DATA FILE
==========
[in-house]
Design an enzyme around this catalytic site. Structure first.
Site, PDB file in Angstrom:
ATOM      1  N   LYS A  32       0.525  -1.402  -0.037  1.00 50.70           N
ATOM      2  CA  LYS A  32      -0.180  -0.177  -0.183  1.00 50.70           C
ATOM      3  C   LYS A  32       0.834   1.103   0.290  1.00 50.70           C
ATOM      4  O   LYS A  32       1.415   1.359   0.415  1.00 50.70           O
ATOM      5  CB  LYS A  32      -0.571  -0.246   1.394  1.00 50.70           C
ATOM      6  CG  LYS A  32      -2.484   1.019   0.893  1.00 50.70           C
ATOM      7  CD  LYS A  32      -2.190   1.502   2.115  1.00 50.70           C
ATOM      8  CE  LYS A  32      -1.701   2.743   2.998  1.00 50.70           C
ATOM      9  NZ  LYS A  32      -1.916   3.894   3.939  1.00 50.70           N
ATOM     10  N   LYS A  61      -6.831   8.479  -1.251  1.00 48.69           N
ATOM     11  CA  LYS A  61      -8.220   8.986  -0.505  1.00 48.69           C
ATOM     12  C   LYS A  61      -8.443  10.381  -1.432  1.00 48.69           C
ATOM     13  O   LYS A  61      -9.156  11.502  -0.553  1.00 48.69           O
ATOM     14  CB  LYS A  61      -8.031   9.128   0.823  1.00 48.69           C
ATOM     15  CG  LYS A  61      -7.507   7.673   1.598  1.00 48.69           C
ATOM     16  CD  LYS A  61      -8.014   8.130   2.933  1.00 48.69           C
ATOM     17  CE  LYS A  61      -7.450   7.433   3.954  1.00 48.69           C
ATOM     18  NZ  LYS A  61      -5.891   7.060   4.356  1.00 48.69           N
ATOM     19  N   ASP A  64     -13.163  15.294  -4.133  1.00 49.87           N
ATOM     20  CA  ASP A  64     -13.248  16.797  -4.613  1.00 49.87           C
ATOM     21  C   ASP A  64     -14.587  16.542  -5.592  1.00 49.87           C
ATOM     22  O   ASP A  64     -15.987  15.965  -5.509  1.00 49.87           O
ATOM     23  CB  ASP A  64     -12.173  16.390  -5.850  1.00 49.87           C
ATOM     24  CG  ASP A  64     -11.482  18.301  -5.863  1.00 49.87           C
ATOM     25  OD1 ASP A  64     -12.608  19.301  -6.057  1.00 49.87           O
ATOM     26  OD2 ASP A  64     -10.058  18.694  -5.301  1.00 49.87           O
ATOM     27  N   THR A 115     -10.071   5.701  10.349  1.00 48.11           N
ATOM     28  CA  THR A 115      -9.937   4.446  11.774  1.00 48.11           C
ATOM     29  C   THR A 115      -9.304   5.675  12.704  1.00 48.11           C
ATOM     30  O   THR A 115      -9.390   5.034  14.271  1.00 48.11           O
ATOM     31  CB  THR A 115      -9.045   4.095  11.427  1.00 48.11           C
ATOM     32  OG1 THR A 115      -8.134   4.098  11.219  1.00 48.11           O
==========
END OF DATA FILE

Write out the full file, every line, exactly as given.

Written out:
[in-house]
Design an enzyme around this catalytic site. Structure first.
Site, PDB file in Angstrom:
ATOM      1  N   LYS A  32       0.525  -1.402  -0.037  1.00 50.70           N
ATOM      2  CA  LYS A  32      -0.180  -0.177  -0.183  1.00 50.70           C
ATOM      3  C   LYS A  32       0.834   1.103   0.290  1.00 50.70           C
ATOM      4  O   LYS A  32       1.415   1.359   0.415  1.00 50.70           O
ATOM      5  CB  LYS A  32      -0.571  -0.246   1.394  1.00 50.70           C
ATOM      6  CG  LYS A  32      -2.484   1.019   0.893  1.00 50.70           C
ATOM      7  CD  LYS A  32      -2.190   1.502   2.115  1.00 50.70           C
ATOM      8  CE  LYS A  32      -1.701   2.743   2.998  1.00 50.70           C
ATOM      9  NZ  LYS A  32      -1.916   3.894   3.939  1.00 50.70           N
ATOM     10  N   LYS A  61      -6.831   8.479  -1.251  1.00 48.69           N
ATOM     11  CA  LYS A  61      -8.220   8.986  -0.505  1.00 48.69           C
ATOM     12  C   LYS A  61      -8.443  10.381  -1.432  1.00 48.69           C
ATOM     13  O   LYS A  61      -9.156  11.502  -0.553  1.00 48.69           O
ATOM     14  CB  LYS A  61      -8.031   9.128   0.823  1.00 48.69           C
ATOM     15  CG  LYS A  61      -7.507   7.673   1.598  1.00 48.69           C
ATOM     16  CD  LYS A  61      -8.014   8.130   2.933  1.00 48.69           C
ATOM     17  CE  LYS A  61      -7.450   7.433   3.954  1.00 48.69           C
ATOM     18  NZ  LYS A  61      -5.891   7.060   4.356  1.00 48.69           N
ATOM     19  N   ASP A  64     -13.163  15.294  -4.133  1.00 49.87           N
ATOM     20  CA  ASP A  64     -13.248  16.797  -4.613  1.00 49.87           C
ATOM     21  C   ASP A  64     -14.587  16.542  -5.592  1.00 49.87           C
ATOM     22  O   ASP A  64     -15.987  15.965  -5.509  1.00 49.87           O
ATOM     23  CB  ASP A  64     -12.173  16.390  -5.850  1.00 49.87           C
ATOM     24  CG  ASP A  64     -11.482  18.301  -5.863  1.00 49.87           C
ATOM     25  OD1 ASP A  64     -12.608  19.301  -6.057  1.00 49.87           O
ATOM     26  OD2 ASP A  64     -10.058  18.694  -5.301  1.00 49.87           O
ATOM     27  N   THR A 115     -10.071   5.701  10.349  1.00 48.11           N
ATOM     28  CA  THR A 115      -9.937   4.446  11.774  1.00 48.11           C
ATOM     29  C   THR A 115      -9.304   5.675  12.704  1.00 48.11           C
ATOM     30  O   THR A 115      -9.390   5.034  14.271  1.00 48.11           O
ATOM     31  CB  THR A 115      -9.045   4.095  11.427  1.00 48.11           C
ATOM     32  OG1 THR A 115      -8.134   4.098  11.219  1.00 48.11           O